Still with me? We started in Vegas and drove to Zion. Then spent a day in Zion stopping in several spots around the park. After that we headed to Page to do some river-rafting. Whew! Now you are all caught up.
Day 4 was a luxury as it was the first day since we started our vacation that I didn’t have to get up at five in the morning! Our plan for the day was to visit Antelope Canyon for a photography tour. But before heading into to town we decided to drive out to the Navajo Bridge which we had passed coming back from Lee’s Ferry the day before at the end of our rafting trip.
The bridge sits over Marble Canyon and, along with the Glen Dam Bridge, is one of the only the only crossings over the Grand Canyon for hundreds of miles. Originally there was only one bridge but as cars got bigger and bigger it wasn’t wide enough to hold traffic going two directions so they built a wider bridge and left the original for pedestrians. I think that is really cool. Apparently it is a good spot for the extremely rare condor sighting, but that is not something I can say is a hard fact. In any case, it is a great spot for photos like this one:
After checking this spot out for a while, we headed into the town of Page to start our tour. Mr. Misadventures had seen many spectacular photos of Antelope Canyon and wanted to take some of his own. He researched several companies doing the tour and decided to go with Antelope Canyon Tours in Page as it was run by the Navajo tribe that the site actually sits on which we thought would give us best access and have the best experience. We were not disappointed.
Our group of eight was brought into the Navajo Nation from Page in an awesome Swiss jeep that is a hard core 4×4 (to get over all that sand!).
I cannot stress enough how important it is to sign up for the Photographer’s tour rather than the regular tour if you want to spend any amount of time taking photos. Part of paying the extra money is that the guide makes sure that all the good spots for shots are set-up and that you don’t have people running in front of your photos. You basically get the “right-of-way” on the tour, all other tour guides defer to your group and photo-taking. Having said that, you are still a bit rushed, however there is nothing much you can do about that, although I have some tips at the bottom of the post.
It is beautiful inside the canyons, and if you are an experienced photographer you will certainly get great shots. I am not an experienced photographer and I was stressed! I really shouldn’t have been as Mr. Misadventures was surely going to capture some great shots, but I felt the pressure none-the-less!
Antelope Canyon is a slot canyon that is stunning. The incredible variety of textures and shapes created by years and years of wear from water and wind against the background of a beautiful golden sand is truly breath-taking. And although there are spots of sun coming in from open pockets up above, it is definitely a low-light environment for cameras. I will have to say that my iPhone photos turned out a whole lot better than some of the photos I took with my Canon – that is not equipment but the user!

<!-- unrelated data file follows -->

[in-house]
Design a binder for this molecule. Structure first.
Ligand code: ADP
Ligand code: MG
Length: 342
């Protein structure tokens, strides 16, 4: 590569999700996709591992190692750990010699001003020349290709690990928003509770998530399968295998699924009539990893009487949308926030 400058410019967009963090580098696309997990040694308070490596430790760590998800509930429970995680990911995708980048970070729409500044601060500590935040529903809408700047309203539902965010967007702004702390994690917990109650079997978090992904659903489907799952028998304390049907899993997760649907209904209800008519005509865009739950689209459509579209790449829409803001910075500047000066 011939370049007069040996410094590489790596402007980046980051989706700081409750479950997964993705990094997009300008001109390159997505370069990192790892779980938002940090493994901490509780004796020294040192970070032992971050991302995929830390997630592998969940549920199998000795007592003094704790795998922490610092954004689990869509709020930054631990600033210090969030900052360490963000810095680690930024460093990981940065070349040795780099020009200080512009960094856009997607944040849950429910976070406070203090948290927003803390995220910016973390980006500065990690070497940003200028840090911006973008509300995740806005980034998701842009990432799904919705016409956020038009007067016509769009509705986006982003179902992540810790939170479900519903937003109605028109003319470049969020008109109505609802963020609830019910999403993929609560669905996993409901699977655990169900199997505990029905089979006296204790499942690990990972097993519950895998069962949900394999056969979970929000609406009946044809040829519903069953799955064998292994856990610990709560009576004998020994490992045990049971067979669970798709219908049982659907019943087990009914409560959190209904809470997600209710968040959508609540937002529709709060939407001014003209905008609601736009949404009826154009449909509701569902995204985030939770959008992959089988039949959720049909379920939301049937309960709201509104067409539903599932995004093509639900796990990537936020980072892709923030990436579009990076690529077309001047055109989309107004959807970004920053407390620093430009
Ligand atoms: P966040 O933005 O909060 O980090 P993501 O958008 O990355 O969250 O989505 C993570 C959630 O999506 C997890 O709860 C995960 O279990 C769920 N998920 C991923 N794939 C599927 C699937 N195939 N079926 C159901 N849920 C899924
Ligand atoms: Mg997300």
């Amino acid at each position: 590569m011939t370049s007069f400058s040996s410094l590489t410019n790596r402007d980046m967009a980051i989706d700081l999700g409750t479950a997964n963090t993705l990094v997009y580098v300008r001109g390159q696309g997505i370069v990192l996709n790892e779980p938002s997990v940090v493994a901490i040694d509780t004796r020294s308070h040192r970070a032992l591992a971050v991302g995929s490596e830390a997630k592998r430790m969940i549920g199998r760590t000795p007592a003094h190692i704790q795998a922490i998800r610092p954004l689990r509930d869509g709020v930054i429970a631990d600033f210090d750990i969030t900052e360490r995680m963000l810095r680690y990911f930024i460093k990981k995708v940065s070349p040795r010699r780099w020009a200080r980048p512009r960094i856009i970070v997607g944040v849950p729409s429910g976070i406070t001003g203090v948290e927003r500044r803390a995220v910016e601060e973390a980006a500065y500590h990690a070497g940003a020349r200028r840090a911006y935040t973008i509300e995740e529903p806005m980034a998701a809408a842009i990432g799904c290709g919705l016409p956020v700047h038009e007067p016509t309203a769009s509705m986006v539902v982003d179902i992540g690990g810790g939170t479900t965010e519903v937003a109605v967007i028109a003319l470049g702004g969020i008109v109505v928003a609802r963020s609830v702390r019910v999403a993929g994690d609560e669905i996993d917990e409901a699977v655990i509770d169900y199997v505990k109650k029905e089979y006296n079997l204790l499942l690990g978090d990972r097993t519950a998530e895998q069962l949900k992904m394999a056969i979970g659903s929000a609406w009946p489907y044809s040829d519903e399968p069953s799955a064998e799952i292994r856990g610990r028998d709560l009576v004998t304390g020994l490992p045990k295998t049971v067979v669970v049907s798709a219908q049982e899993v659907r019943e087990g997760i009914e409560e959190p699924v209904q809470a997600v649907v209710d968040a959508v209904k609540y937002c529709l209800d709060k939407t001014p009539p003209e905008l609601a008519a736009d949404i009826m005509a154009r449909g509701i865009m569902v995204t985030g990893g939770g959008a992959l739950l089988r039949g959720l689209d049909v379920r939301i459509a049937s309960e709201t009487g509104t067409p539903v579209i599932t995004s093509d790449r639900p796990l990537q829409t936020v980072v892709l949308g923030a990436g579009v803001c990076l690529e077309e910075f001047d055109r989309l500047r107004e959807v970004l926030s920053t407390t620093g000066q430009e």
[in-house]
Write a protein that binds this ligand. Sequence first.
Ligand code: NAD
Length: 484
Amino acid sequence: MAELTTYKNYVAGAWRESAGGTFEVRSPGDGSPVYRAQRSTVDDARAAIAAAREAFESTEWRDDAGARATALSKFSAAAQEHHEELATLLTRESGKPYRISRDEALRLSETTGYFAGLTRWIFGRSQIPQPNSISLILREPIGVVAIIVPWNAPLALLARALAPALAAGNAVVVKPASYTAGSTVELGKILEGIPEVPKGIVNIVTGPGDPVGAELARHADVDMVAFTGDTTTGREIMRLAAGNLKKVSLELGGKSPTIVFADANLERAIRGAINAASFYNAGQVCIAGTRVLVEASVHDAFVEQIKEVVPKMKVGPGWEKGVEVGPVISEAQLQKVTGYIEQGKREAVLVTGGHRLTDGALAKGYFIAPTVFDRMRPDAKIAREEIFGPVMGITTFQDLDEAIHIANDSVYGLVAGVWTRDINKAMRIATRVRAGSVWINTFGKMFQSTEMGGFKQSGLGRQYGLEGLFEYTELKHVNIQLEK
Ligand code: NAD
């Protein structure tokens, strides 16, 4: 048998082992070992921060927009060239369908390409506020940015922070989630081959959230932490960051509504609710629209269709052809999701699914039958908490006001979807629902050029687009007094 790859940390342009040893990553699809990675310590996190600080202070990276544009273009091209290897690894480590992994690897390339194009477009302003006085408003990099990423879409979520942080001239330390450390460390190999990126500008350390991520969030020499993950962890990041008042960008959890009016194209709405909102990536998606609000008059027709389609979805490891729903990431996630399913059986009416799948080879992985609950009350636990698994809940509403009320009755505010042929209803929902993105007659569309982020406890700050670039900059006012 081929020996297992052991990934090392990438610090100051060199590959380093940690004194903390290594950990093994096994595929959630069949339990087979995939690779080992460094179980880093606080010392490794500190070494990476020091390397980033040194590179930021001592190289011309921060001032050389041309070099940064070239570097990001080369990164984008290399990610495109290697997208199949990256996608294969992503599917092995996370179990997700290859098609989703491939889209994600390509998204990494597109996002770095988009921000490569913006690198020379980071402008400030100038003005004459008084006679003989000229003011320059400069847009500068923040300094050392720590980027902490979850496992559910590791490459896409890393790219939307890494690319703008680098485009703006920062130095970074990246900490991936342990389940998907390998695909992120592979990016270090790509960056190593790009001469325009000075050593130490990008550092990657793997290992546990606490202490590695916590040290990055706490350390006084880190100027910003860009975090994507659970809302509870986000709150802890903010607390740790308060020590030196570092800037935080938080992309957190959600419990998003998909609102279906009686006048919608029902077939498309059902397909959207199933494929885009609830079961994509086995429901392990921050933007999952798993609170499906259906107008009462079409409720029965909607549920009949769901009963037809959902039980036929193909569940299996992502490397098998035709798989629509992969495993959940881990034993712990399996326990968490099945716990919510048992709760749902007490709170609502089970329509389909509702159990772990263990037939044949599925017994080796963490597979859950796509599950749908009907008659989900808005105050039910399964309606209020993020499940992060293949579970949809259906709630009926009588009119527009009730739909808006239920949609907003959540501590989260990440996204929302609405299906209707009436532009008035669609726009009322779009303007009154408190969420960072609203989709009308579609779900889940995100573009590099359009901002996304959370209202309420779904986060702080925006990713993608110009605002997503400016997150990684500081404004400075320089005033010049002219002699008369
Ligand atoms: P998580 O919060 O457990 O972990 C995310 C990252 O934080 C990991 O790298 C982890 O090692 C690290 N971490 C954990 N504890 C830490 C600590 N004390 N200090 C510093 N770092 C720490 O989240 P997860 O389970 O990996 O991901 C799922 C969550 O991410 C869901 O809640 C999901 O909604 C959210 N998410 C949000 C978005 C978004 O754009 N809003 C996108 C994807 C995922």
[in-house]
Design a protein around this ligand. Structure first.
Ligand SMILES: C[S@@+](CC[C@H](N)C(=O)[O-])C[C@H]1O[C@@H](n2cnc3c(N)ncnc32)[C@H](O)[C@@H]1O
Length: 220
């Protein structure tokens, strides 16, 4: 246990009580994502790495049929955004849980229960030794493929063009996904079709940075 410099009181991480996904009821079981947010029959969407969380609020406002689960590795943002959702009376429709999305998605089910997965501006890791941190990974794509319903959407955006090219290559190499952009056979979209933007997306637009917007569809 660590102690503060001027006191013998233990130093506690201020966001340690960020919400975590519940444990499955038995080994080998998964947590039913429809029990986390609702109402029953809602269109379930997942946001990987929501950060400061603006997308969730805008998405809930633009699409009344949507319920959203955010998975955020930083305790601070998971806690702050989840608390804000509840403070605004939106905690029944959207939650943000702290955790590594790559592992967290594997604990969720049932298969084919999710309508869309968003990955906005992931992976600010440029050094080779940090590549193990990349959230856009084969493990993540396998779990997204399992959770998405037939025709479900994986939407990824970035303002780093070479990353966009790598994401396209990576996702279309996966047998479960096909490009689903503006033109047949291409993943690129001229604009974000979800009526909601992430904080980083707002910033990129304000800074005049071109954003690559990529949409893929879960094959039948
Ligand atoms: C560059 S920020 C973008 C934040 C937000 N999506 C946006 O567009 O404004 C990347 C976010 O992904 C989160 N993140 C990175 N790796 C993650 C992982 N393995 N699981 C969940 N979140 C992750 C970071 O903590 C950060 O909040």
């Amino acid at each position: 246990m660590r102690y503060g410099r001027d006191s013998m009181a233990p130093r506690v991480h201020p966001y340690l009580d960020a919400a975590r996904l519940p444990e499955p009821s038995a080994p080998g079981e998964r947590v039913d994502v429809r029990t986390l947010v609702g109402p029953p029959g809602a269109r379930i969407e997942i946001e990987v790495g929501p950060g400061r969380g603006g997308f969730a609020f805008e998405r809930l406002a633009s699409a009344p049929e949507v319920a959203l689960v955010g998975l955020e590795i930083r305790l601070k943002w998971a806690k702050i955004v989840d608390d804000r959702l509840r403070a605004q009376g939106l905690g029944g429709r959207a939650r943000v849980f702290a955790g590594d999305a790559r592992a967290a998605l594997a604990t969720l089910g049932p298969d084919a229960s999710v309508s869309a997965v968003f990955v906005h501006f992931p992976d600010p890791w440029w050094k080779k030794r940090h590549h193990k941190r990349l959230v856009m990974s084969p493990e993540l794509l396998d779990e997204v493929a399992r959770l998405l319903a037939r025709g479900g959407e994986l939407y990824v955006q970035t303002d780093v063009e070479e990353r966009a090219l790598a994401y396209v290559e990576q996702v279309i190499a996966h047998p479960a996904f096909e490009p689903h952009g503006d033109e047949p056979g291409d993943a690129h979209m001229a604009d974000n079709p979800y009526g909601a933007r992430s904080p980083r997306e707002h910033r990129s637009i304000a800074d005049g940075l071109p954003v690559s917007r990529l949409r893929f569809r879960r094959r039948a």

We had a little visitor too, I only saw one of these guys, probably too many people around!
And these are some of my shots:
We left Antelope Canyon having taken hundreds of photos. We were dusty, hungry and thirsty and decided to check out Big John’s Texas Barbeque in Page for an early dinner. They had outdoor seating and as dusty as we were we sort felt like we were camping out, the barbeque atmosphere was perfect! And the food was really darn good!
Nothing says Americana like a barbeque pit and an American flag!
Here are some tips for the Antelope Canyon tour:
> A tripod is essential. The low-light conditions make it imperative that you use one.
> Decide which lens is your favorite and bring that one. There is too much dust and too much rushing to try to change lenses in these conditions.
> Bring your camera and tripod only, you don’t need anything else. No bag, no water (you aren’t in there long enough). You don’t want to be burdened carrying anything else (even if it is on your back) while taking photos.
> Don’t do the tour in the middle of the day when it is the most crowded. Instead do the first or last tour and you will have more time to take photos and less people to get in your way.
> If your plan is to take photos, do the Photographer’s Tour. I watched others on the regular tour try to get photos and it was hard to do unless you are just iPhoning it, but you will get people in your photos.
How about you? Have you visited Antelope Canyon and have any tips?